Do you think there’s scope, perhaps, for Alina to be queer in the future?
I mean, I would hope so. Currently, she’s got Mal, and she loves Mal. But who knows? Who knows where they’re going to go? I would love that. I think it’d be really great for her because it seems right for her as well. She just seems like she could be queer, and she has so much love for many people in the show.
I see some of those scenes – me and Daisy laugh about it a lot, about how much chemistry me and Daisy have [laughs]. It’s just like: when are Alina and Genya going to run away together? Because I love her so much [laughs].
What else do you think might be in store for Alina in season two?
I like where we’ve left her. Alina goes from being a scared, little pup who can’t look at anyone in the eye, to suddenly having this sense of sort of gravity to her. We feel that she’s grown a lot, and she’s really strong. But she’s still got a long way to go, which is a really nice place to leave her. We know where she’s going now, and where she’s got to go.
As well, what’s nice is that there’s a little bit of sprinkling throughout the series of Alina having a slightly darker side. It’s hinted at in terms of her relationship with Kirigan and being seduced by all the luxury around her, and the power.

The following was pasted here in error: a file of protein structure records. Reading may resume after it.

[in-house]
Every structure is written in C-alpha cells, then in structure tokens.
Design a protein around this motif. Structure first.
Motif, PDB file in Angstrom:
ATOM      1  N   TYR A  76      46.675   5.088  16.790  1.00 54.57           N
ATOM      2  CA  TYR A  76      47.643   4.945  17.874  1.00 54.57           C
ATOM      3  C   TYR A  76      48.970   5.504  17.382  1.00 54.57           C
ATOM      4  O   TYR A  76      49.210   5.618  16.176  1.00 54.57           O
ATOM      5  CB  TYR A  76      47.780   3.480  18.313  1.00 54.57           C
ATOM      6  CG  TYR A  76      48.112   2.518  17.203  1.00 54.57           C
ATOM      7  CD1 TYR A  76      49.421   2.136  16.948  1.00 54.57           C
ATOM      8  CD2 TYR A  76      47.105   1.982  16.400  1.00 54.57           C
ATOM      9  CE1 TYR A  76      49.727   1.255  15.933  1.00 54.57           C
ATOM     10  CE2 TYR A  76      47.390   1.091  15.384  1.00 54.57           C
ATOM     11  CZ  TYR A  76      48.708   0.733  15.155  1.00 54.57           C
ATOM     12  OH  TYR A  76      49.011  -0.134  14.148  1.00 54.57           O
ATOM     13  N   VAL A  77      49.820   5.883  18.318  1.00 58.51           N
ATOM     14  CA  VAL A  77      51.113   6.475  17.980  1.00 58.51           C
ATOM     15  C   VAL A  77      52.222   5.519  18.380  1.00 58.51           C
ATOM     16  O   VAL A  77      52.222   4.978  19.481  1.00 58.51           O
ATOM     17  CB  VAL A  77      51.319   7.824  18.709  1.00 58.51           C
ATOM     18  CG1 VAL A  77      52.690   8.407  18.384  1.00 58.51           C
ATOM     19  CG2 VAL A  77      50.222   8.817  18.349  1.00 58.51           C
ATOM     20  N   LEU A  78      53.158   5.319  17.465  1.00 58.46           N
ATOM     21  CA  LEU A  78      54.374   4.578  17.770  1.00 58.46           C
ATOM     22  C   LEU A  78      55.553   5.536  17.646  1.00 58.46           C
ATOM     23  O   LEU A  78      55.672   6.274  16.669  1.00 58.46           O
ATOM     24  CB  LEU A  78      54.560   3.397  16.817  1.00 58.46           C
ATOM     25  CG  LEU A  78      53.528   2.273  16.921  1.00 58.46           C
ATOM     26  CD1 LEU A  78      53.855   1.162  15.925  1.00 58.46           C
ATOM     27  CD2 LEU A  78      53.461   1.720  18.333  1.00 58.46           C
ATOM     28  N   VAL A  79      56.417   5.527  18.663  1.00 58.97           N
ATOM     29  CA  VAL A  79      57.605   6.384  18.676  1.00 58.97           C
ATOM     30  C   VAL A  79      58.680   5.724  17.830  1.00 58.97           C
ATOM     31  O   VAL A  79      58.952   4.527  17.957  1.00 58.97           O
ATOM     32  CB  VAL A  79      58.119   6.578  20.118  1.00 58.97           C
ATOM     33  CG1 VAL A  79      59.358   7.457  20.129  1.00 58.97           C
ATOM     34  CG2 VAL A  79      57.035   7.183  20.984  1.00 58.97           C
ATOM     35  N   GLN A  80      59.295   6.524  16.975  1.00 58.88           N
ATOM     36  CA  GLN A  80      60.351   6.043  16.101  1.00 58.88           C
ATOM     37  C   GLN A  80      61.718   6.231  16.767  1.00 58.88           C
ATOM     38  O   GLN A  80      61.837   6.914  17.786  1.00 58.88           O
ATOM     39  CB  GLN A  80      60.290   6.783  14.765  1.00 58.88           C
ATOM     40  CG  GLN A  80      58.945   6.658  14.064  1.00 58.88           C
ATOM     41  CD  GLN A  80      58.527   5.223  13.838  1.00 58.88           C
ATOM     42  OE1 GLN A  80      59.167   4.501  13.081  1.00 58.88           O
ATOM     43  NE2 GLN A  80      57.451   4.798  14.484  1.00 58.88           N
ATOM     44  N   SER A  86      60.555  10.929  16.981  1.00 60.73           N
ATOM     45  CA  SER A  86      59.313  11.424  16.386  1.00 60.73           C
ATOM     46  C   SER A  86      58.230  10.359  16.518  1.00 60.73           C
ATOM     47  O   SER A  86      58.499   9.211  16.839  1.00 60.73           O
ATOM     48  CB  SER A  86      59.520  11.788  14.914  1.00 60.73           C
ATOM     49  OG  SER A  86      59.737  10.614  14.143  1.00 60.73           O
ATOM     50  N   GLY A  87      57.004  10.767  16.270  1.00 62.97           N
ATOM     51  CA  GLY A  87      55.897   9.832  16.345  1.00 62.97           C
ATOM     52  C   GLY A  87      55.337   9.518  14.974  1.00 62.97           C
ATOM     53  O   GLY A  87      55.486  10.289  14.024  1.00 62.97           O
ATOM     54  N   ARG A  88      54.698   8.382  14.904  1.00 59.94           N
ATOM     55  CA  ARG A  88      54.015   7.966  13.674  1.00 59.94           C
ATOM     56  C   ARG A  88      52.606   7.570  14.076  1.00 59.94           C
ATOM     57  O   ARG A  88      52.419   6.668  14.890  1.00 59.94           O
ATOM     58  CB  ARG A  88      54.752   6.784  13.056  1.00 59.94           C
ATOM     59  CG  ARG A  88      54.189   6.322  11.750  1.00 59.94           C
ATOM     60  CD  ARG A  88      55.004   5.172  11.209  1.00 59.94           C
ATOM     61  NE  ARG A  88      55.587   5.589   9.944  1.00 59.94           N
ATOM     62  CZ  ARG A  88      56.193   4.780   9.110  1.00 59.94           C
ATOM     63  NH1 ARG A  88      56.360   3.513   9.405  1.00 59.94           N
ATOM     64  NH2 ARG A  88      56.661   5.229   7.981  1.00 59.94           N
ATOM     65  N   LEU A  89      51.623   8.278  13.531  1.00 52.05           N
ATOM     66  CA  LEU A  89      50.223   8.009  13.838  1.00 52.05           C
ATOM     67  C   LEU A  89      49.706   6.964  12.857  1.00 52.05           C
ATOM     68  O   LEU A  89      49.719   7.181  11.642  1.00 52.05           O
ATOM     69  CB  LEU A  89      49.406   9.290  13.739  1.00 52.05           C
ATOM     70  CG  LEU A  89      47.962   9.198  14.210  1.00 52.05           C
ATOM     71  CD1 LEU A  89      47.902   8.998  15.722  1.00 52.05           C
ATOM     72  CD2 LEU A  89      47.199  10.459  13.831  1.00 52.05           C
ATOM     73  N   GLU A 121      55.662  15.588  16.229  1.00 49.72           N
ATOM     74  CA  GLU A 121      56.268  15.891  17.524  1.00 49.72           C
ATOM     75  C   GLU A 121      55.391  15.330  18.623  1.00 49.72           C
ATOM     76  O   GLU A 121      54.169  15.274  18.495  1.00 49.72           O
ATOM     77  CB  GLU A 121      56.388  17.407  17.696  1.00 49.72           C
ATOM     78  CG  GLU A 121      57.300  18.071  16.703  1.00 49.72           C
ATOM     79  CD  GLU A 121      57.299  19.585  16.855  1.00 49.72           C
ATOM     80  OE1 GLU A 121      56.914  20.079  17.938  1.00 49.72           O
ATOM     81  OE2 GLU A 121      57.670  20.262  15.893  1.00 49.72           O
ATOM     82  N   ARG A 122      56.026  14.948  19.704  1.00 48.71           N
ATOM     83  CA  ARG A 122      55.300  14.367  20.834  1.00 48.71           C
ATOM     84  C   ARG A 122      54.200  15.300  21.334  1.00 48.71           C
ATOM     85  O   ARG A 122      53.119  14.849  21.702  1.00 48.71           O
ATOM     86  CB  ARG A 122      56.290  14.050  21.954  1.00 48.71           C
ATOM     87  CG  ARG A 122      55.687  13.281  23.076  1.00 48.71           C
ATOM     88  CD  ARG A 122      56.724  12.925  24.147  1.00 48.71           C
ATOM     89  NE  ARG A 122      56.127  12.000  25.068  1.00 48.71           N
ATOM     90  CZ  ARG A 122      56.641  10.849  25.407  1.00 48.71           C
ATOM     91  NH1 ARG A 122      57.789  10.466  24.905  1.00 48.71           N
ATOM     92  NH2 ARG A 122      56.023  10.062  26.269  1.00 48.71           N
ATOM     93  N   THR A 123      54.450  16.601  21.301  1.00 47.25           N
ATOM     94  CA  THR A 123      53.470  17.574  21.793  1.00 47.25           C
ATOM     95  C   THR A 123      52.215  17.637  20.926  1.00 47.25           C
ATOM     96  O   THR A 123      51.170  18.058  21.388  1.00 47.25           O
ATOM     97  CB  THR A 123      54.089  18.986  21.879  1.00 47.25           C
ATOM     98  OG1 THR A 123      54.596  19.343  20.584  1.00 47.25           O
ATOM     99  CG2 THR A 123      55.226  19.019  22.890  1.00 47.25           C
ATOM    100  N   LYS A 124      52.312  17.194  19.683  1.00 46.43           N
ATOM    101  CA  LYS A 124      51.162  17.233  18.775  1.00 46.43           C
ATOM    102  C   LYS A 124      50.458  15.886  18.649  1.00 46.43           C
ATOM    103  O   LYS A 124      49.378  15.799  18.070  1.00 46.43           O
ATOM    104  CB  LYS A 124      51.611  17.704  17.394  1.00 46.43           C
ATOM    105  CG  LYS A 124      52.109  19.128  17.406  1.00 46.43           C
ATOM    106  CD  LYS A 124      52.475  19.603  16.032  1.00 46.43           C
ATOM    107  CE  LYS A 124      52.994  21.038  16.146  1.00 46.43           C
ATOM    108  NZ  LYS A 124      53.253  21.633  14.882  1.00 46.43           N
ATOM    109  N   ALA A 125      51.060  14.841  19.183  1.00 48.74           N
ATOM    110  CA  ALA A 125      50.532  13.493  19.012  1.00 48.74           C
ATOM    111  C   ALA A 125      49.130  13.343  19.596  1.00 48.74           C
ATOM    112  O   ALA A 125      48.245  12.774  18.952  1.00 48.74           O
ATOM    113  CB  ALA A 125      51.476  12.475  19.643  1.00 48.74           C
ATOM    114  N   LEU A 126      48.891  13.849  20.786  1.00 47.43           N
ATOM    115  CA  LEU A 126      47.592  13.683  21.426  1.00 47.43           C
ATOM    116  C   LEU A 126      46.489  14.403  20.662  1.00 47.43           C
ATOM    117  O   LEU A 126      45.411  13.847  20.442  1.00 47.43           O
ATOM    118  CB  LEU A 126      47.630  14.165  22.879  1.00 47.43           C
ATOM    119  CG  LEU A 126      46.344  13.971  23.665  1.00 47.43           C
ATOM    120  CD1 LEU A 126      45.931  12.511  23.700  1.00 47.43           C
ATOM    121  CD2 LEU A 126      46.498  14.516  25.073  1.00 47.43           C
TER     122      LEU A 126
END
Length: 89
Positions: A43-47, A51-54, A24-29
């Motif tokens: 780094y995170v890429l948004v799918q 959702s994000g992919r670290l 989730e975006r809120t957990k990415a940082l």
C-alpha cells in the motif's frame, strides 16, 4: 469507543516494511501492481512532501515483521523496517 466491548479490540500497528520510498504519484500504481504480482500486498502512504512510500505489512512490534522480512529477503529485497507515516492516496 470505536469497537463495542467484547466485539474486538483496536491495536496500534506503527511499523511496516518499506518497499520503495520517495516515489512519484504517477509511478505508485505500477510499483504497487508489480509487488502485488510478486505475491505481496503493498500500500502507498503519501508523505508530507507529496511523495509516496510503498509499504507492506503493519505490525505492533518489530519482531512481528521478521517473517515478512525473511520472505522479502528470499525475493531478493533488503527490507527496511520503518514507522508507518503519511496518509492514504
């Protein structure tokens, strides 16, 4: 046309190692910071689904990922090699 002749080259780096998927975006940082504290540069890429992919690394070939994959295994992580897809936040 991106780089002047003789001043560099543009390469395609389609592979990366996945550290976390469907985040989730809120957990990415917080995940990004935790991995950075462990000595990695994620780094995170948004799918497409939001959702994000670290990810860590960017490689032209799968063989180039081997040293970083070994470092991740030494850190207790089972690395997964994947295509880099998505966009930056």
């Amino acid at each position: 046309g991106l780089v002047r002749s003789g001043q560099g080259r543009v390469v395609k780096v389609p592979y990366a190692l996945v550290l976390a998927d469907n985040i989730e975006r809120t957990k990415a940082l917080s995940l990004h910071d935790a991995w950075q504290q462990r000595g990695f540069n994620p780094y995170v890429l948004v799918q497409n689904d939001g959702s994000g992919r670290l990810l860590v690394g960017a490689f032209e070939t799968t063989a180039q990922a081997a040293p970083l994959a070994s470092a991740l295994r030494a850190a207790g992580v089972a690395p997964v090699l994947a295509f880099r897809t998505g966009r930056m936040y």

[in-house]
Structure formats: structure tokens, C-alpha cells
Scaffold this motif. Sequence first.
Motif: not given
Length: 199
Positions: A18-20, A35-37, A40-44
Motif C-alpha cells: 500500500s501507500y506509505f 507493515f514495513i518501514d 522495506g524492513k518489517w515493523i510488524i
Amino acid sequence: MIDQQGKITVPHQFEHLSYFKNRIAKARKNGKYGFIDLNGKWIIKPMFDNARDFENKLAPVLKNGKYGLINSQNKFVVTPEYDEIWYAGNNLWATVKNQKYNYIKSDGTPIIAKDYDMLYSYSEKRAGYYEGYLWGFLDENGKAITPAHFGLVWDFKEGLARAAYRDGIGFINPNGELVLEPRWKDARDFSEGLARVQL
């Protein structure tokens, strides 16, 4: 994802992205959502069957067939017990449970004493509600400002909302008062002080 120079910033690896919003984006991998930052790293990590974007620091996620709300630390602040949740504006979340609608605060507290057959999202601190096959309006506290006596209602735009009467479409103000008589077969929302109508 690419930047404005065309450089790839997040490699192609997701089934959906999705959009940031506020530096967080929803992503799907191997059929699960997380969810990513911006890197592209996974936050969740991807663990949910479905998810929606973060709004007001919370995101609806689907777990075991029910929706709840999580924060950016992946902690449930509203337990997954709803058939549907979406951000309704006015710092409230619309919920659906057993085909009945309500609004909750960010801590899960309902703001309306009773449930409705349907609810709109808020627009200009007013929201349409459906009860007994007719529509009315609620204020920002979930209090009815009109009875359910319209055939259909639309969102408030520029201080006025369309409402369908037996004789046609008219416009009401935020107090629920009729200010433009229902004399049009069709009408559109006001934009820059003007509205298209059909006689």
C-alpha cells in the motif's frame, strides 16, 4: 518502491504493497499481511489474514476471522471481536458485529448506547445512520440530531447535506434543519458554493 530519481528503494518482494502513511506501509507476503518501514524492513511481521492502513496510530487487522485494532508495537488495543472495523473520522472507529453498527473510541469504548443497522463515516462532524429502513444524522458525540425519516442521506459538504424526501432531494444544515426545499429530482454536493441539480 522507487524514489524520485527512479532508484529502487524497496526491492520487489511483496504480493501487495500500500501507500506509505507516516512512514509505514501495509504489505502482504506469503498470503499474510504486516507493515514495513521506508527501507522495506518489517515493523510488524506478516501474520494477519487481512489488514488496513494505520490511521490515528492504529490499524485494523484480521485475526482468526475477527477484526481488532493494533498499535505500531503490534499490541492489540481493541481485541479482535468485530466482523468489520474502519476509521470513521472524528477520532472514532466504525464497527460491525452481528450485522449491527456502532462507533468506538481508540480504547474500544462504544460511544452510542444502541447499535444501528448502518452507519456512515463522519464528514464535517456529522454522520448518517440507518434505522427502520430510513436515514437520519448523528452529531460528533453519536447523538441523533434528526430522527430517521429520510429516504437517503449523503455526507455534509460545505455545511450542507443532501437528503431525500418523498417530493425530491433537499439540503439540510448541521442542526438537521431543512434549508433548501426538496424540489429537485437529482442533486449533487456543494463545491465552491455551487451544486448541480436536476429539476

So for me, I would really like to see that side of her explored, and maybe how suddenly all that power and being this saint and everything, how that affects her, and whether or not it’s tempting. I think that’s always interesting when we have a protagonist who is drawn to that sort of — again, it’s very Star Wars – but drawn to the dark side, and whether or not they go there, how that affects their relationships and things.
I think it’d be really interesting, and obviously really fun for me to play as well. So I’d like to see that side of her explored and have that weakness shown a little bit. I hope it’ll be spicy [laughs].
Shadow and Bone is now available to watch on Netflix.